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Subjectivist Phrase Creator

NTomokawa

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#4
Just insert "fluid" and "buttery" everywhere.
 

Chrispy

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#9
Scott Moodie used to have a good one at audiogadgets.com but it's not there any more....
 

Blumlein 88

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#10
There is always 6 moons. Just pinch phrases from there. Hard to think a piece of software could equal their results. :)
 

KeithPhantom

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#11
I always try to understand what they mean when they use their lingo, still, I don't fully get it...

What do they mean by?
  • Buttery
  • Warm
  • Cold
  • Dark
  • Silky
  • Brittle
  • Especially, grainy or grain
  • And all the other terms i didn't include.
They absolutely do not understand what they try to describe with this.
 

phoenixdogfan

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#12
I always try to understand what they mean when they use their lingo, still, I don't fully get it...

What do they mean by?
  • Buttery
  • Warm
  • Cold
  • Dark
  • Silky
  • Brittle
  • Especially, grainy or grain
  • And all the other terms i didn't include.
They absolutely do not understand what they try to describe with this.
Notice they all invoke synesthesia.
 
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#13
Holographic soundstage (I get what they mean, but there are better ways to describe this)
Romantic mids (no idea what this means)
Sweet (often used to describe mids)
Velvety (often used to describe treble)
Syrupy (seriously, I've seen this one used often!)
 
Last edited:

tw99

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#15
I've made it a principle to put anyone who uses the word "palpable" in a forum post, on ignore.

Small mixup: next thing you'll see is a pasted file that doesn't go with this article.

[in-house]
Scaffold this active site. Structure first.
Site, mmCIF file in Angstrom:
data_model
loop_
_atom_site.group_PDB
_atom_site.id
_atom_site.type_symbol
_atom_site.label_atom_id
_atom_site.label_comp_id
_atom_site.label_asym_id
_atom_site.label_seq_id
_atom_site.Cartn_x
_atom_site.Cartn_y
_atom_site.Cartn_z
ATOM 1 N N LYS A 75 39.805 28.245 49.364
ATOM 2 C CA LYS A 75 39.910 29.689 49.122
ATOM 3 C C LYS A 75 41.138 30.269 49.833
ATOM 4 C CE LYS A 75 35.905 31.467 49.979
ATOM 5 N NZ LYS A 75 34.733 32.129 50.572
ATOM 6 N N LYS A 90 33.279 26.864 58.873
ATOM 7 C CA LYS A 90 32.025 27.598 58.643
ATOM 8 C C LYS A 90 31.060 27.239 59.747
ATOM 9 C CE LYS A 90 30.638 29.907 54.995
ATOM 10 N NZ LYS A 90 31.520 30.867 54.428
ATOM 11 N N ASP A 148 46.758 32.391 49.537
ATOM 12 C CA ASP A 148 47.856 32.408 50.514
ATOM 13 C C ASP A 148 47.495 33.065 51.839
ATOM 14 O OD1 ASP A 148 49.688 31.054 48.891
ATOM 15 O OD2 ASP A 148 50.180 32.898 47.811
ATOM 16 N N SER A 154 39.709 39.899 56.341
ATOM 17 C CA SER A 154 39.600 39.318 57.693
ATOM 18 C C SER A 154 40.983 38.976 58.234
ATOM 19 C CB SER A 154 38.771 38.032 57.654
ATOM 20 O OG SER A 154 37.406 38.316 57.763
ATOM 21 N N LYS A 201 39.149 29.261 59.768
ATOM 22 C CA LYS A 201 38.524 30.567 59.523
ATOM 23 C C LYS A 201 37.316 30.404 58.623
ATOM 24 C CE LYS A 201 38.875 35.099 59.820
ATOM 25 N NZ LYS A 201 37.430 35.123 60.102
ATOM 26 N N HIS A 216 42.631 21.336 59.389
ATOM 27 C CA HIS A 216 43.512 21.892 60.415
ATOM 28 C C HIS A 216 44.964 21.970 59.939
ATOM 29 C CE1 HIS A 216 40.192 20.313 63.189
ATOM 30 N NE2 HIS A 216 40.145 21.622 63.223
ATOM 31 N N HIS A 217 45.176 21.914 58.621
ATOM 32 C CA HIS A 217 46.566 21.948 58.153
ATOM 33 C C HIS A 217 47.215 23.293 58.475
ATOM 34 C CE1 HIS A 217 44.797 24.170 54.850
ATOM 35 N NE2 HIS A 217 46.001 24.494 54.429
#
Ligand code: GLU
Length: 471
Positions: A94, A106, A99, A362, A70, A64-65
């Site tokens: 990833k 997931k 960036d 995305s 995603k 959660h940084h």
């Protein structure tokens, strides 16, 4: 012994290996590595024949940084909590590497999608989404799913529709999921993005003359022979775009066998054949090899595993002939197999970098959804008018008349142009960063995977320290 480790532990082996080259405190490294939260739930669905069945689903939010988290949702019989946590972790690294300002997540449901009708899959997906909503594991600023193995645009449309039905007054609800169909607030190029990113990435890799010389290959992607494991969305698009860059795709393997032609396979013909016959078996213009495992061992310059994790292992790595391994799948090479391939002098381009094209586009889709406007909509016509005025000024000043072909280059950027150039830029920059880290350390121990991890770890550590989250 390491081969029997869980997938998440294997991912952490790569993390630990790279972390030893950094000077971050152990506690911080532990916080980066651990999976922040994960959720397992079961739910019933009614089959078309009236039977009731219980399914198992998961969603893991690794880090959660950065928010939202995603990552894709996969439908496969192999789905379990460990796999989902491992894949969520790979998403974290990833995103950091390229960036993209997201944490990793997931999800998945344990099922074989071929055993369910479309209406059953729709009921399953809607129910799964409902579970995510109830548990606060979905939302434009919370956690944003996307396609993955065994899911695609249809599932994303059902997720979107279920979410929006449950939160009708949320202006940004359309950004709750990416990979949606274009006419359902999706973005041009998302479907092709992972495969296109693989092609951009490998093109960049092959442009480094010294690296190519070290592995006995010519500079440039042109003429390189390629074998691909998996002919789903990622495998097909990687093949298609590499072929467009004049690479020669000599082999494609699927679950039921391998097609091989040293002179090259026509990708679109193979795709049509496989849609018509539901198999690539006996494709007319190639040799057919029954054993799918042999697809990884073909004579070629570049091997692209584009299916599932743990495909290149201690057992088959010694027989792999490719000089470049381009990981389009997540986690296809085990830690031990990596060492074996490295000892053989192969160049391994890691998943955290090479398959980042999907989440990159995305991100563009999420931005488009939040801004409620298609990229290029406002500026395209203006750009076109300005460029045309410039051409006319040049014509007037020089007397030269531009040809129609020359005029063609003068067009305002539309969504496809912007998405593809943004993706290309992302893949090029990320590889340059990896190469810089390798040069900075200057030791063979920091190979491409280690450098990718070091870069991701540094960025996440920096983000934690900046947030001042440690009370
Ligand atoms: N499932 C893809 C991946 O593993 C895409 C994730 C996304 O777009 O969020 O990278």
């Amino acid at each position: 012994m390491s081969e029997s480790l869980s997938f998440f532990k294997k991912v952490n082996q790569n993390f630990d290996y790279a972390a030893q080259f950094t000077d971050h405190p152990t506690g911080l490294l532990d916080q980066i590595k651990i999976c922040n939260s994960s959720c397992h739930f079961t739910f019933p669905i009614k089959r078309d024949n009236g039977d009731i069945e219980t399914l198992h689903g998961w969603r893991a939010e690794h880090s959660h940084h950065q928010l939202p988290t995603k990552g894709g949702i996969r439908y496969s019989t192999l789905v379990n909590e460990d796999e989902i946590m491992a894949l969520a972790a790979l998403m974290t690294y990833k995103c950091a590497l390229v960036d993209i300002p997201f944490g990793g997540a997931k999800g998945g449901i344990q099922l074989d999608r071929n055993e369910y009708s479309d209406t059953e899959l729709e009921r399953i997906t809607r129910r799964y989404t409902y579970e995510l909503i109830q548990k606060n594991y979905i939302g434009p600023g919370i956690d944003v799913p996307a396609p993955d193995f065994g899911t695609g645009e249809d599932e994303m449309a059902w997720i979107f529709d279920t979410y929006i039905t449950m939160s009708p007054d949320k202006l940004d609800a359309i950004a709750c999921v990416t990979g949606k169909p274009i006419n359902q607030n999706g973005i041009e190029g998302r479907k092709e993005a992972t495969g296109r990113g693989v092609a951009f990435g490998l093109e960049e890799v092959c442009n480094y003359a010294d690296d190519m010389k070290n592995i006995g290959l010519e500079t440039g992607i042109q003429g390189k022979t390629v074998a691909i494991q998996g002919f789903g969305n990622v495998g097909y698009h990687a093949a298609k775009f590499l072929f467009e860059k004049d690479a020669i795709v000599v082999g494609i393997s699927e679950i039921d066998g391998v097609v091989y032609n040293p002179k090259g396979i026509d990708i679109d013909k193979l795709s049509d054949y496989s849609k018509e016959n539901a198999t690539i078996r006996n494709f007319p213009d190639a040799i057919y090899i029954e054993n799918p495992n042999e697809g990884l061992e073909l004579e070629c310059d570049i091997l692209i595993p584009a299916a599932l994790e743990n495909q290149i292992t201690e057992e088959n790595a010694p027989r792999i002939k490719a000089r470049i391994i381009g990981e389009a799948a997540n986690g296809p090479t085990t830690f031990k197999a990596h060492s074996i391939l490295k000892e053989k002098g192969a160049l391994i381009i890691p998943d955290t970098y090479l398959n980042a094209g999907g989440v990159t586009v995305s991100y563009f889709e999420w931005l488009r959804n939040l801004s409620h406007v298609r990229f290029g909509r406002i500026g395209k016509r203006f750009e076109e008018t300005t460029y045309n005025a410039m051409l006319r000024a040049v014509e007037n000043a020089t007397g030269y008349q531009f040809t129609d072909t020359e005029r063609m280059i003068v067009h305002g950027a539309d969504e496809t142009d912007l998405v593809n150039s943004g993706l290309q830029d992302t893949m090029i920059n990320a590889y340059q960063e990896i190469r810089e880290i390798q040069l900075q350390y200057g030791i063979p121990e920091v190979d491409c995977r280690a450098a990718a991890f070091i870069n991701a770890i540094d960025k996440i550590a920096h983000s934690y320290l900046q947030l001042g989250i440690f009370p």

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#17
  • Warm
  • Cold
  • Dark
  • Brittle
I think these 4 come down to variations in frequency response.
A slight increase in the low end gives a warm feel, combined with attenuation at the high end may result in a dark or muffled feeling.
Cold and brittle would probably be varying degrees of too much high frequency content.

I believe these terms are adequate, after all we don't always know what exact frequency (or freq. range) is causing our perceived sensations.

No clue about the other ones though. Especially "buttery". I mean I know the term from discussions about the perceived fluidity of high refresh rate / variable refresh rate monitors but in audio? *shrug*
 
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#18
How about “musical”?
And does it help to know in advance if the reviewer is more a fan of Helene Grimaud, or, say, Merzbow, when they use this term?
 

KeithPhantom

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#19
That's why I compare in absolute terms and disregard the price. That's what lets me compare $100 stuff with $1,000 or even more just to see which one is better, regardless of price. It is an eye-opener when you disregard price and then consider price after the comparison.
 

pozz

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#20
I always try to understand what they mean when they use their lingo, still, I don't fully get it...

What do they mean by?
  • Buttery
  • Warm
  • Cold
  • Dark
  • Silky
  • Brittle
  • Especially, grainy or grain
  • And all the other terms i didn't include.
They absolutely do not understand what they try to describe with this.
It's like wine or coffe lingo.

They say the same about dBs and so forth.
 
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